Mr. BURDON was a friend to the measure, but wished that it might be carried into effect with as little inconvenience to the public as poffible. He thought the affeffed taxes were not more optional than the present tax; and every tax was liable to be objected to if it was a ground of objection that no tax is wholly optional. Gentlemen had talked much of the liberty of the subject. Undoubtedly it was important to watch around and guard the liberty of the subject; but there was another defcription of liberty which he should think it his duty more vigilantly to watch and more vigorously to defend it was national liberty; which could not, perhaps, be better supported than by preventing frauds in the payment of national taxes. Naturally he was unfriendly to every fpecies of. fraud, and thought the man who could defraud the revenue, if he had a fair opportunity, would defraud his neighbour. The object of the present tax was to affert the independence, and maintain the liberties of the country; and he took it upon himself to pledge his conftituents to pay any tax that might tend to support our national liberty nevertheless, he wifhed as much as any man that taxes could be abstained from, and would be happy if he lived to be a Member of that honourable House when all taxation ceased. One additional reafon he had for approving of the prefent was, that it is fairer than the affeffed taxes, because it will affect perfcns who are certainly interested in the profperity and fafety of their country, and as well include capitalifts as lay an equal burden on every fpecies of Under thefe circumftances he fhould confider it his duty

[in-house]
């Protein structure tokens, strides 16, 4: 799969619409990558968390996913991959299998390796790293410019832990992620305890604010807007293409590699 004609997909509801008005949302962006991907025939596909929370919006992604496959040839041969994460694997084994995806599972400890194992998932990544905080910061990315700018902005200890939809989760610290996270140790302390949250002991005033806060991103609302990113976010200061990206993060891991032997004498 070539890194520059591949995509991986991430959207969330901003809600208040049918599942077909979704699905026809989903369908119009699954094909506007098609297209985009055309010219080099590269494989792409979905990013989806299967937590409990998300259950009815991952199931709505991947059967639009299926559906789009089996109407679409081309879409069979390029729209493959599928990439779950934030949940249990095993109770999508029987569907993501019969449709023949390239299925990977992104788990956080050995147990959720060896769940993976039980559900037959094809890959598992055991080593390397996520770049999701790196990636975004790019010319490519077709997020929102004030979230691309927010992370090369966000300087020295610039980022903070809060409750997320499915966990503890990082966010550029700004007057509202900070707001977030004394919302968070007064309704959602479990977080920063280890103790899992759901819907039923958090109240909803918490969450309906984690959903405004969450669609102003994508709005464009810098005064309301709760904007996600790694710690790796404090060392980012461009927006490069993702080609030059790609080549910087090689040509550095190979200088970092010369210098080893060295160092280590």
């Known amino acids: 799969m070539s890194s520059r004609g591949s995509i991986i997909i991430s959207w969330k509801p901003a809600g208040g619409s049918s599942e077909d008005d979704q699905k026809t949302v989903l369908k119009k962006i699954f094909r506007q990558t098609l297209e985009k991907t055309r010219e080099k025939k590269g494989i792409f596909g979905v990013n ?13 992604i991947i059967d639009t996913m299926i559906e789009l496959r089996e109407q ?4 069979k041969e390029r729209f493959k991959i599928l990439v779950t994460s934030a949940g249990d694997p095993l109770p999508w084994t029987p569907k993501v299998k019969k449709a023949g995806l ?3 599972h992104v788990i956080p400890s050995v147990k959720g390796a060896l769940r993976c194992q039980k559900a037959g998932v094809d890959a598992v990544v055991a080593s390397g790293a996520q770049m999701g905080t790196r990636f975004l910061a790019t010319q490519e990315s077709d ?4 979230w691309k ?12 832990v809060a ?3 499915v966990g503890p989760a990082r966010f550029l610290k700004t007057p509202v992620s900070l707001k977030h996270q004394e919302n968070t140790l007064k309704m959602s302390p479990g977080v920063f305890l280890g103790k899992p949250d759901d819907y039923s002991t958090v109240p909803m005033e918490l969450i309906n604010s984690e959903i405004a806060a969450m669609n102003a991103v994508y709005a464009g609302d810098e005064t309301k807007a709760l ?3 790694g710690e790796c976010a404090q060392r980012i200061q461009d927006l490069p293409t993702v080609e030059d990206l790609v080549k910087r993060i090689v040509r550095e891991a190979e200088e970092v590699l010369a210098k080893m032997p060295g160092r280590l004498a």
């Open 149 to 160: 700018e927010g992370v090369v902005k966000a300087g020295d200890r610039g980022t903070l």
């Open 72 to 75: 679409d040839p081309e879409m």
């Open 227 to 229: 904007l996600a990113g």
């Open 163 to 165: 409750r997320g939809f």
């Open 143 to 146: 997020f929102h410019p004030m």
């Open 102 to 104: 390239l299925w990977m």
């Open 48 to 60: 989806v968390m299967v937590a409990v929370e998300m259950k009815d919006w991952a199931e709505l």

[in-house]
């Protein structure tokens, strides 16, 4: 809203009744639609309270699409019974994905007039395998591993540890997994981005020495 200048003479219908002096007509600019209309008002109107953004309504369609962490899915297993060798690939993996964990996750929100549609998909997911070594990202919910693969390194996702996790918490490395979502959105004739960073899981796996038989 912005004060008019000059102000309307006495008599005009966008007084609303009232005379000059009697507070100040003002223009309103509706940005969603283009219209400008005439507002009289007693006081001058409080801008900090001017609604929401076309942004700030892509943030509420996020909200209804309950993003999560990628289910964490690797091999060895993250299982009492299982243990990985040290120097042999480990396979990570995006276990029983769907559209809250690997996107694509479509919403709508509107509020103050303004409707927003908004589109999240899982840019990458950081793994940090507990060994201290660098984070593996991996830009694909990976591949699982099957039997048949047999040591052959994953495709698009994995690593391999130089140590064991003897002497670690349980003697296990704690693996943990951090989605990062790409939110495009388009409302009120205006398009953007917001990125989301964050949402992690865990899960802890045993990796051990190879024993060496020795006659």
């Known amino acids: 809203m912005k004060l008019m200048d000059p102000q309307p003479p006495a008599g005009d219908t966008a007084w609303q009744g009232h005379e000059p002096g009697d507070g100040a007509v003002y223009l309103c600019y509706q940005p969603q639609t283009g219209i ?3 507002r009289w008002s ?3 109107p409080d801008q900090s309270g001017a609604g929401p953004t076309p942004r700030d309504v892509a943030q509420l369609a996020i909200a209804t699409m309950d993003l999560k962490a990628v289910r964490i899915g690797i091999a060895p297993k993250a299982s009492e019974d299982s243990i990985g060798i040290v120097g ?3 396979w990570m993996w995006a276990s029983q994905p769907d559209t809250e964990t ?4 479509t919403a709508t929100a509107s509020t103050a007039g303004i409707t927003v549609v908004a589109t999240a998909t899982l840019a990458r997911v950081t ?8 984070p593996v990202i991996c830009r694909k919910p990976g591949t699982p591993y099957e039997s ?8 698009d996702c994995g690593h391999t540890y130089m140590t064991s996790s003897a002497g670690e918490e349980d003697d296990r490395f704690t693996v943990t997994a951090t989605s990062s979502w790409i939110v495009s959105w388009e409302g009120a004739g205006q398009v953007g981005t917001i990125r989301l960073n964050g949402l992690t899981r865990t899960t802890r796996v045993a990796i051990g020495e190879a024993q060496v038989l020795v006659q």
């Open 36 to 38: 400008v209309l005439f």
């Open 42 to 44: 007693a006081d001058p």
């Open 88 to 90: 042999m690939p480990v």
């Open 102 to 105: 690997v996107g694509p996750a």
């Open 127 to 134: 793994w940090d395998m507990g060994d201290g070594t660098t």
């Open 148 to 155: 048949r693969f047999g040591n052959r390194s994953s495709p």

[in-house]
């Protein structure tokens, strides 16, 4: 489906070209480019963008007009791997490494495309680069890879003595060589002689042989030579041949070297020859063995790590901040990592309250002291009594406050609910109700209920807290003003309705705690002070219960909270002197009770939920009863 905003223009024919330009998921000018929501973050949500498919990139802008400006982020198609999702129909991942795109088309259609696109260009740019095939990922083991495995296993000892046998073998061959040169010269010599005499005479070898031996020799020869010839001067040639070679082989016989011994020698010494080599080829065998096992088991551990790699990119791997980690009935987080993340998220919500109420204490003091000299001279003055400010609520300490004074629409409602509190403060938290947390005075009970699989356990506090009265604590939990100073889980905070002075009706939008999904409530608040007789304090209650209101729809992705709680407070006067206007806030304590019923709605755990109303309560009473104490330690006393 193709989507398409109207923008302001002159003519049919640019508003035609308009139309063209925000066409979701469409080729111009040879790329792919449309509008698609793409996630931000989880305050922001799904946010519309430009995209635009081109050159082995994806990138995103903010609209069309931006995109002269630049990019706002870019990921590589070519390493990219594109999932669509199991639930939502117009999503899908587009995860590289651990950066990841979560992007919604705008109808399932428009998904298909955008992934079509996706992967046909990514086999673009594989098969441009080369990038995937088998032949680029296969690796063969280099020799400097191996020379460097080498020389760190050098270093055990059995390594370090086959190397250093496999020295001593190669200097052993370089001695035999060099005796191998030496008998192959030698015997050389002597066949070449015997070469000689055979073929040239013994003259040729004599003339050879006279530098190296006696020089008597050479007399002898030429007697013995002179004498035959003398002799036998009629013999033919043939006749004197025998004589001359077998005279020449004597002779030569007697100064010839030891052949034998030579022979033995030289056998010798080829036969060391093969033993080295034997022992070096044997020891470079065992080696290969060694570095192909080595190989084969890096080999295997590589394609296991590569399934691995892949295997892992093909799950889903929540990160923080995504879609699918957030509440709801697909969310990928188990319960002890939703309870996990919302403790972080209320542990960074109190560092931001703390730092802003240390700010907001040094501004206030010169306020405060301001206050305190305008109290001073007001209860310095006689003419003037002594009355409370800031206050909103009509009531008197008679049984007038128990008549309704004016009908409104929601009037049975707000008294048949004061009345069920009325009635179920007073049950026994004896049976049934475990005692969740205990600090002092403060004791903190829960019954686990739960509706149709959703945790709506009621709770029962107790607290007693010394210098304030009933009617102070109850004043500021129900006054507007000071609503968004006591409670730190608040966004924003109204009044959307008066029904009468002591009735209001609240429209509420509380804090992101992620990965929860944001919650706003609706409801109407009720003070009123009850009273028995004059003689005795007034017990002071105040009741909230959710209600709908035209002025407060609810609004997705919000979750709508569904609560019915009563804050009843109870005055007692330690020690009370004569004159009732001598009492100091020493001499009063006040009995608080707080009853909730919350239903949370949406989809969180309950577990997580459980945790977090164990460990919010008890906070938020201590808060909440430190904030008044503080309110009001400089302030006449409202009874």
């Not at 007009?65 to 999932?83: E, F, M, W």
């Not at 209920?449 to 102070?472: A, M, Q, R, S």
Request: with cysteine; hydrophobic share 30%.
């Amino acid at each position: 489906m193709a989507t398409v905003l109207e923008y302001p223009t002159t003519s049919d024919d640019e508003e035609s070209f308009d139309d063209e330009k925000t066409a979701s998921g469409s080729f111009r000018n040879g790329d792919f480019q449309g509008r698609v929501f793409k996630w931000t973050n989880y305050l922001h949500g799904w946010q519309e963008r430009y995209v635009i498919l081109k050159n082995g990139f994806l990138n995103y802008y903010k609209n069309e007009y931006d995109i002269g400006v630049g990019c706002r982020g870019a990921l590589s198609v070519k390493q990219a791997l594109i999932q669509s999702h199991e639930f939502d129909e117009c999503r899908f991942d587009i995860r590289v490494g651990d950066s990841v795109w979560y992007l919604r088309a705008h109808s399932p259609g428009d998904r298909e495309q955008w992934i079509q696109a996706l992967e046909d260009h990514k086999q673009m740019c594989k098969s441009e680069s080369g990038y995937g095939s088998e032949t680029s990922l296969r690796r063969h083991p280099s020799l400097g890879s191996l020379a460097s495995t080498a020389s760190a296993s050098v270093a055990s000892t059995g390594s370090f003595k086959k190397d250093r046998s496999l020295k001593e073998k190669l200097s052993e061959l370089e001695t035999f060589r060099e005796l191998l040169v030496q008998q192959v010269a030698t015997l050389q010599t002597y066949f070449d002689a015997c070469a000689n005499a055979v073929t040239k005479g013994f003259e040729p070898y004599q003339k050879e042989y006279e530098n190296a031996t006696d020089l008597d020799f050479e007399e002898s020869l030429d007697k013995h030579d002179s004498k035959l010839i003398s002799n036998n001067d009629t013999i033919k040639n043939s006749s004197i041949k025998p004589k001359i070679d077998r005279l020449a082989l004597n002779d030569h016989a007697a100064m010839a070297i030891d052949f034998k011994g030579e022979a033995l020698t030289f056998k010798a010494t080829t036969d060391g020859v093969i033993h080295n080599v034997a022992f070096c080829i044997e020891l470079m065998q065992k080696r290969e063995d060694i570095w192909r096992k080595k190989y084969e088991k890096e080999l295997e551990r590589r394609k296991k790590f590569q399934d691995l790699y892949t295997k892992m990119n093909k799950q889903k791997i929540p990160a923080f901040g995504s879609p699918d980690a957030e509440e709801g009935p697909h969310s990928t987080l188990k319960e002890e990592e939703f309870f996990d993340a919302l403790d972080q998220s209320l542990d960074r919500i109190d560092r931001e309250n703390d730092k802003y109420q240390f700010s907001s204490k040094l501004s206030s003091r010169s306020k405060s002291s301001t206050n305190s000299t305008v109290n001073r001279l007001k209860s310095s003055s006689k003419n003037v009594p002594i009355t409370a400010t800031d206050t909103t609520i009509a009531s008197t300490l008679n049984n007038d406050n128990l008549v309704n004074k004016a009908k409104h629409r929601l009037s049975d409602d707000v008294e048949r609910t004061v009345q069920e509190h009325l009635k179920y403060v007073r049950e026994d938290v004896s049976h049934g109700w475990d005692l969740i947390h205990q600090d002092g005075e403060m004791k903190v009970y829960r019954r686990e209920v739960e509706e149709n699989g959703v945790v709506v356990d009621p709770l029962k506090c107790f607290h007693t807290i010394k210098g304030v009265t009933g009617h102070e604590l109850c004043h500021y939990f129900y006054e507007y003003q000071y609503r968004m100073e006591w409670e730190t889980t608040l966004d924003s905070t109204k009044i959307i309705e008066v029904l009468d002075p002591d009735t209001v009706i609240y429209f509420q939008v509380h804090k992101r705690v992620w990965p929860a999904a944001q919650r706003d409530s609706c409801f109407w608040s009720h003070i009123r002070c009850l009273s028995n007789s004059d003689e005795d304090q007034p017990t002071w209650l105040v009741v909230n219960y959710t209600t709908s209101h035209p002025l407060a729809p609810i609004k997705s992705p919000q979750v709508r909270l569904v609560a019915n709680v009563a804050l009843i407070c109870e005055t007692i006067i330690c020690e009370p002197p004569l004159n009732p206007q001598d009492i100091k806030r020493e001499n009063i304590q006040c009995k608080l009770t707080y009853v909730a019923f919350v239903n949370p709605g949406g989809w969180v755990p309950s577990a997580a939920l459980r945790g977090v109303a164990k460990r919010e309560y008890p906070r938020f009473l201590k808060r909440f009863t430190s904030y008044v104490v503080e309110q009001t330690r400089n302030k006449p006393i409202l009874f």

to fupport the motion,
Mr. HENRY THORNTON obferved, that he would only trespass a few moments on the Houfe. In confidering the bill, undoubtedly many difficulties would appear to characterize parts of its detail; but the principle entirely met his approbation; and while he wifhed it were poffible to make it entirely palatable, by removing every difficulty and obviating every objection; yet when he looked to the object of the tax, he must be permitted to confider even those difficulties as being comparatively unimportant. The object of the tax was to enable us to carry on with vigour, and effect a war the most interesting in its general character, to whose iffue we must look for independence and for glory, carried on against one whofe ambition disturbed and difordered the world. Every reflecting man who had delivered his fentiments on the measure, approved of the prin